Wednesday, February 28, 2007

Just Like My Grandmother's Knitting

Royal Society knitting brochure cover

I hear a backlash brewing against all the hip new knitting books and magazines. Check out "Stop Insulting My Grandmother" from Rosieblogs: The Official Blog of Rosie's Yarn Cellar.

There must be 500 new knitting books being published this Spring. And 475 of them have the word "young," "cool," "hip," or "easy" in the title....We're sick of people claiming that what they do is "not your grandmother's knitting," as if there was something wrong with our grandmother's knitting. Hey, publishers--stop insulting my grandmother....Eve Plotnick and Dorothy Myers were women of skill, patience, resourcefulness, and creativity.

Kim at String or Nothing speaks out with uncharacteristically harsh language in Brain Dead In the Book Aisle.

I detest the majority of knitting books published over the last three years....the attitude, the contents, the presentation...there are intelligent, well-written books out there for beginners. You can usually find them by avoiding key words in the titles....I'm not interested in simple, hip, trendy, urban-gritty, easy, shortcuts, weekend, boxy, cropped, giant-gauge, flash, dummies, or quick.

Clearly, there is a down side to buying for a yarn shop or writing knitters' product reviews: it'll get you all riled up. I don't look at these books or follow magazine trends. I can visit knitters' blogs (for free) if I want to see what the kids are doing these days, but mostly, I look through my grandmother's and mother's knitting leaflets (1930's through 1960's). Socks, sweaters, mittens, and hats--whenever I've moved beyond these basics, the projects have languished unused in a clothes closet (until I unraveled them and put the yarn back into stash storage). The patterns in this "Royal Society" brand brochure would look just as nice now as they did in 1946, when they were published. Notice the price--25 cents. It's actually crossed out in pencil, and "12 cents" is handwritten in. My mom always shopped for bargains.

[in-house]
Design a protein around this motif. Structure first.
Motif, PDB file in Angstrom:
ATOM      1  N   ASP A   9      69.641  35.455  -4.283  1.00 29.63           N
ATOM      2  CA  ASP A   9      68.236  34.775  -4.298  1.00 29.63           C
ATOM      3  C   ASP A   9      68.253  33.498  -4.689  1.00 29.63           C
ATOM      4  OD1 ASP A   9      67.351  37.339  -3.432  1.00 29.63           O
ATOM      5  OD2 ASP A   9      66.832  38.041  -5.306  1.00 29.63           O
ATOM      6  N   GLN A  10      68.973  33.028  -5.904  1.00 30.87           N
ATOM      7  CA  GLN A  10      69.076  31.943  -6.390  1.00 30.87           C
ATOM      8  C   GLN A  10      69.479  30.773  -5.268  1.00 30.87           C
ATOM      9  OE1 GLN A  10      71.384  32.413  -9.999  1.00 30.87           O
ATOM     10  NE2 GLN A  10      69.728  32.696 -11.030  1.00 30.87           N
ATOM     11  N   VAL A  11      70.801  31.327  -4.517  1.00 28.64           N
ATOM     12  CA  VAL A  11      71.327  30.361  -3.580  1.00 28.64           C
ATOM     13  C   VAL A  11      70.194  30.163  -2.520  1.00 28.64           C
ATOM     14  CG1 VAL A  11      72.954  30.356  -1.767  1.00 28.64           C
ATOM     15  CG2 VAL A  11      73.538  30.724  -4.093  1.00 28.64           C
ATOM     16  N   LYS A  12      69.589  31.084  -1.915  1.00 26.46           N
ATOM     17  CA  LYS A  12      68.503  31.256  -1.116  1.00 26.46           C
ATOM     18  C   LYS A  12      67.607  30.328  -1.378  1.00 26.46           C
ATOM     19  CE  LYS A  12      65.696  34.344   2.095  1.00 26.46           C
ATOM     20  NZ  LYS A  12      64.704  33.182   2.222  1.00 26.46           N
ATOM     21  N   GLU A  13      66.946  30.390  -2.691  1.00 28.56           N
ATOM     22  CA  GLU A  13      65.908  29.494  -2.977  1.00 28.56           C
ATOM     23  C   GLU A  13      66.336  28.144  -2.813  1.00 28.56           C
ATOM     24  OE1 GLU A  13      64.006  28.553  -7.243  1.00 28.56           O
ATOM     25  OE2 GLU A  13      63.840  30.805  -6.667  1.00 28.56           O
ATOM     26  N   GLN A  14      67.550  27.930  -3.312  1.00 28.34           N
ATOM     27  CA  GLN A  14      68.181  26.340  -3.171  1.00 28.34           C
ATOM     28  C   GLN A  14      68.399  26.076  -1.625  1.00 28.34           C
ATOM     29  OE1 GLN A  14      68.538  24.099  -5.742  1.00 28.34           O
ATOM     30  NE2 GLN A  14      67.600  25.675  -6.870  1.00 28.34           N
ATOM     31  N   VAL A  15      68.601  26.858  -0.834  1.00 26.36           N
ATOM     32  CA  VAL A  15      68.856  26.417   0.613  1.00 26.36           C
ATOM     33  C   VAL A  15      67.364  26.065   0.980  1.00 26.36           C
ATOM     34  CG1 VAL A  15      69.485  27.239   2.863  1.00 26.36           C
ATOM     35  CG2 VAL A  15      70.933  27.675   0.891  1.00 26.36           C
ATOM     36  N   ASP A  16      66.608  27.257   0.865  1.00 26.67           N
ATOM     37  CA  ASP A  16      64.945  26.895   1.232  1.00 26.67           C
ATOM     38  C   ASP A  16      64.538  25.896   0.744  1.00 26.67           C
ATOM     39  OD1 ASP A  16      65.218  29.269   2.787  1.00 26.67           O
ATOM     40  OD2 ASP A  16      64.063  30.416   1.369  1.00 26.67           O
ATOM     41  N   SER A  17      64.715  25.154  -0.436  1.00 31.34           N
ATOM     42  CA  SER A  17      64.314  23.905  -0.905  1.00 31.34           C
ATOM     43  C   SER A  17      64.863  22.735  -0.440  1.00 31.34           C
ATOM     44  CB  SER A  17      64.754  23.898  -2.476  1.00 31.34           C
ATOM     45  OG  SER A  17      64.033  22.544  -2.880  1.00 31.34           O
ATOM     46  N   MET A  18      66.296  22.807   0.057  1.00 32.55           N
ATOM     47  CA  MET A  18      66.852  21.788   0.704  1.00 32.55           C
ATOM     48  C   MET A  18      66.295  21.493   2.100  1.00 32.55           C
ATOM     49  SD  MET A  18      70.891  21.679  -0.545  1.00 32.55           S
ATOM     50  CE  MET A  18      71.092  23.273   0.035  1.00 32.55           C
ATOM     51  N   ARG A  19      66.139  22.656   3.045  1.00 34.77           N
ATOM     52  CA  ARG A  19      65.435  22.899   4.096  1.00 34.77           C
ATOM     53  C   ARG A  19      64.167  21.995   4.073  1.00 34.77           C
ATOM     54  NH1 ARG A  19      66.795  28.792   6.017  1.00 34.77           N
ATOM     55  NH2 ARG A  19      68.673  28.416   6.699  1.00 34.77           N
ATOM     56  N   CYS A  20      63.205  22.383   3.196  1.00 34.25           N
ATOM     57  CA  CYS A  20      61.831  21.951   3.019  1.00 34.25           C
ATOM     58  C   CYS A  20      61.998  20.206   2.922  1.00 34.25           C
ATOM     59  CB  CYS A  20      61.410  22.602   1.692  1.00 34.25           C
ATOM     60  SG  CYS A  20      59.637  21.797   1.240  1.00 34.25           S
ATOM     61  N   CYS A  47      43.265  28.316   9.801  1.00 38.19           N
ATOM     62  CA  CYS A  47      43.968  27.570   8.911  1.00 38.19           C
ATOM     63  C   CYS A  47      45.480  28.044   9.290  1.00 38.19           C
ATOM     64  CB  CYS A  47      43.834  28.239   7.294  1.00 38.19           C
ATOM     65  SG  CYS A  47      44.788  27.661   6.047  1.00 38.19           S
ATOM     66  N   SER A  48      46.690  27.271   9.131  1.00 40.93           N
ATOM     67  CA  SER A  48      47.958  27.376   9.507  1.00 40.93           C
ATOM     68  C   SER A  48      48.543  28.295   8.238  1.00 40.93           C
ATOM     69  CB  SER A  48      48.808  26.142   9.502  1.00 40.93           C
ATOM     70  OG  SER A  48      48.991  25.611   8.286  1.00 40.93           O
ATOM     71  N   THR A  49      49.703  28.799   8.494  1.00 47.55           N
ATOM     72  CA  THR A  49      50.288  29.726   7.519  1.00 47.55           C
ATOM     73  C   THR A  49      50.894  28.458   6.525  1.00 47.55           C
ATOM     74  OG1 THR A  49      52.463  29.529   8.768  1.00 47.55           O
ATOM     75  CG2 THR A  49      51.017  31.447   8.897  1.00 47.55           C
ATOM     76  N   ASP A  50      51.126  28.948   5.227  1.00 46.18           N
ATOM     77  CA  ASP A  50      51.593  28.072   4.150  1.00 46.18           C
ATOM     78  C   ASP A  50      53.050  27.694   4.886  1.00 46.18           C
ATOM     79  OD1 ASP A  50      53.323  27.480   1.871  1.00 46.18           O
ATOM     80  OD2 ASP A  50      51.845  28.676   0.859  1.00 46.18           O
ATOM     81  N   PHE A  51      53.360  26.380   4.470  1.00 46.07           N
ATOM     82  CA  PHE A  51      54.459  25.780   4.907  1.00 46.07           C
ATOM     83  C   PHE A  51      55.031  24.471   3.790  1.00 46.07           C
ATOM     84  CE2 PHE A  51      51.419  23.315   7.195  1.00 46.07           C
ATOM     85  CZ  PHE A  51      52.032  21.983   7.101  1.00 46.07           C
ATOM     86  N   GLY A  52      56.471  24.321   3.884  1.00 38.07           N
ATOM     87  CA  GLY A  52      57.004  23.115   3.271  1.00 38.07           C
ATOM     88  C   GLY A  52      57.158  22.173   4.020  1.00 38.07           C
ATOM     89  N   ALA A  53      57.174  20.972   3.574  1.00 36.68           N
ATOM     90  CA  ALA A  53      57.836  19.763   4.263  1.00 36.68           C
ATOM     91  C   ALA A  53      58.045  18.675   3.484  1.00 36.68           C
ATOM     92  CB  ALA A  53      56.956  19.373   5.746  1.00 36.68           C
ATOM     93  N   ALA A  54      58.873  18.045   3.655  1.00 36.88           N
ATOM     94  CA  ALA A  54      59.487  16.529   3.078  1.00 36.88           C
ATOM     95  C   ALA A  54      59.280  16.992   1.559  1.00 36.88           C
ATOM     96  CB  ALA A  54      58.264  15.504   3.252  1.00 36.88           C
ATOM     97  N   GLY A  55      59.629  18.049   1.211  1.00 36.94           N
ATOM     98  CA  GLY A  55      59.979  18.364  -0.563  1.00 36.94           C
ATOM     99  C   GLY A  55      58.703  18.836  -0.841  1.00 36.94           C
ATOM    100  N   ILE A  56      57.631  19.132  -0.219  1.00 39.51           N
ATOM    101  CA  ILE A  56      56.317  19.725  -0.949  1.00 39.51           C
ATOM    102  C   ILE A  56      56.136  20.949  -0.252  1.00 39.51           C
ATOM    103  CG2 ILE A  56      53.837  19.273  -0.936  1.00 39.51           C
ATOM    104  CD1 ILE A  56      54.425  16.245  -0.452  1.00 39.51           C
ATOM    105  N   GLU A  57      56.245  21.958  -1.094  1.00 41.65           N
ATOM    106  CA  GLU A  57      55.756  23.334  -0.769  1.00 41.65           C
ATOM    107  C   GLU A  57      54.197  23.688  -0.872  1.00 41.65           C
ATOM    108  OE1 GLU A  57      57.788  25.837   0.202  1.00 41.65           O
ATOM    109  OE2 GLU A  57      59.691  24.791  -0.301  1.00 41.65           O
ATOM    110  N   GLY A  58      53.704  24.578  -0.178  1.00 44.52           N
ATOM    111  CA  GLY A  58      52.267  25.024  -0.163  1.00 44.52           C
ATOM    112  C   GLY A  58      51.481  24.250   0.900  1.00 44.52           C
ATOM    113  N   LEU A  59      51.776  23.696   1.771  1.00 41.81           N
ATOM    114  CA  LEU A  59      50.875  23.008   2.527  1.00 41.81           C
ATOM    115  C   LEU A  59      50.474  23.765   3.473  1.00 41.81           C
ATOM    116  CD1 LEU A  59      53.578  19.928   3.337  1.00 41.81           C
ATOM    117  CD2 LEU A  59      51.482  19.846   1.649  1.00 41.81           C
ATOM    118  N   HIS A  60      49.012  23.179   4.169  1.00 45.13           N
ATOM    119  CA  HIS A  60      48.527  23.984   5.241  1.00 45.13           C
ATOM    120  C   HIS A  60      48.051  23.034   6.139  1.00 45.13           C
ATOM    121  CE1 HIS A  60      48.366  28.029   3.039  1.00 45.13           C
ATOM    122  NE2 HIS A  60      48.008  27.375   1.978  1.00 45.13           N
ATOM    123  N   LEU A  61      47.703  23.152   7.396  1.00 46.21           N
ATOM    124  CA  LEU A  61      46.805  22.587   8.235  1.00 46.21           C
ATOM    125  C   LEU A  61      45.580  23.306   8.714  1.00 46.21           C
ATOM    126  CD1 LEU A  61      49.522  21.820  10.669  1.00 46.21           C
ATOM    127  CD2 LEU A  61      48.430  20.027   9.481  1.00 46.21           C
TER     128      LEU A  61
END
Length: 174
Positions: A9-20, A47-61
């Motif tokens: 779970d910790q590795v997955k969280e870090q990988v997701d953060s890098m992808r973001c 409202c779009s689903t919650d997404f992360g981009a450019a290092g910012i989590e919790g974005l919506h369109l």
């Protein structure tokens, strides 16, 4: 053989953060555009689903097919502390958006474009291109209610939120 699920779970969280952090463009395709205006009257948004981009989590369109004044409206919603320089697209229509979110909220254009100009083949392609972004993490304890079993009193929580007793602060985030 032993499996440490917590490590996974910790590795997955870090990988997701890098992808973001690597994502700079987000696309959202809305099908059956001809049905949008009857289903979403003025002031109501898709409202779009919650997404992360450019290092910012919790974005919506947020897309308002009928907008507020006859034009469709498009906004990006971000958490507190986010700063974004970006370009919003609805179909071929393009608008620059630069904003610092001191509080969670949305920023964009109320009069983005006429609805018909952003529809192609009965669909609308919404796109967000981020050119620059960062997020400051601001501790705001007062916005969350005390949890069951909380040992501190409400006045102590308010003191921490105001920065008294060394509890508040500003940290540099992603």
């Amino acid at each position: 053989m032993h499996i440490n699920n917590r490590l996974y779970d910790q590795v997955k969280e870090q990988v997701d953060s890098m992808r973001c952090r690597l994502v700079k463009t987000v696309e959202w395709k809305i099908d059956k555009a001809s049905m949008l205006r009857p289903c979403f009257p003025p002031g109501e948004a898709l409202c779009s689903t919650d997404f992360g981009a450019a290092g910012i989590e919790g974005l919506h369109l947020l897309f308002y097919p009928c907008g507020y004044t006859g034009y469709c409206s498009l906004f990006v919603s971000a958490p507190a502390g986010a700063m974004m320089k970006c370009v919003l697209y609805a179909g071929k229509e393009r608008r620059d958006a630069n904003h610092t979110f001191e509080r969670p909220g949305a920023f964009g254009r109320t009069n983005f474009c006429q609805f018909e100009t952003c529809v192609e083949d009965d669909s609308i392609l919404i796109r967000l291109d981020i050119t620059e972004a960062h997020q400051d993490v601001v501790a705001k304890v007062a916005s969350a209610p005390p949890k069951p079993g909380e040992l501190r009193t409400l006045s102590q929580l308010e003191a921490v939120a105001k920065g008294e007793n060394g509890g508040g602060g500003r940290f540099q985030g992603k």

Sandra said...

Really enjoyed reading your blog; my family is from Webster County and I'll be coming "home" for the Pickens Pancake Breakfast in a couple of weeks.

I'm in totaly agreement about the knitting books now being written and am weary of hip, chic and trendy. Please, spare me.

Sheep Shearing Day is 21 April here at Thistle Cove Farm and, when you get a chance, please check out Fiber Femmes at to see what knitters and other folks are doing.

Rebecca Clayton said...

Thanks for visiting! I really enjoyed your blog, and Fiber Femmes too.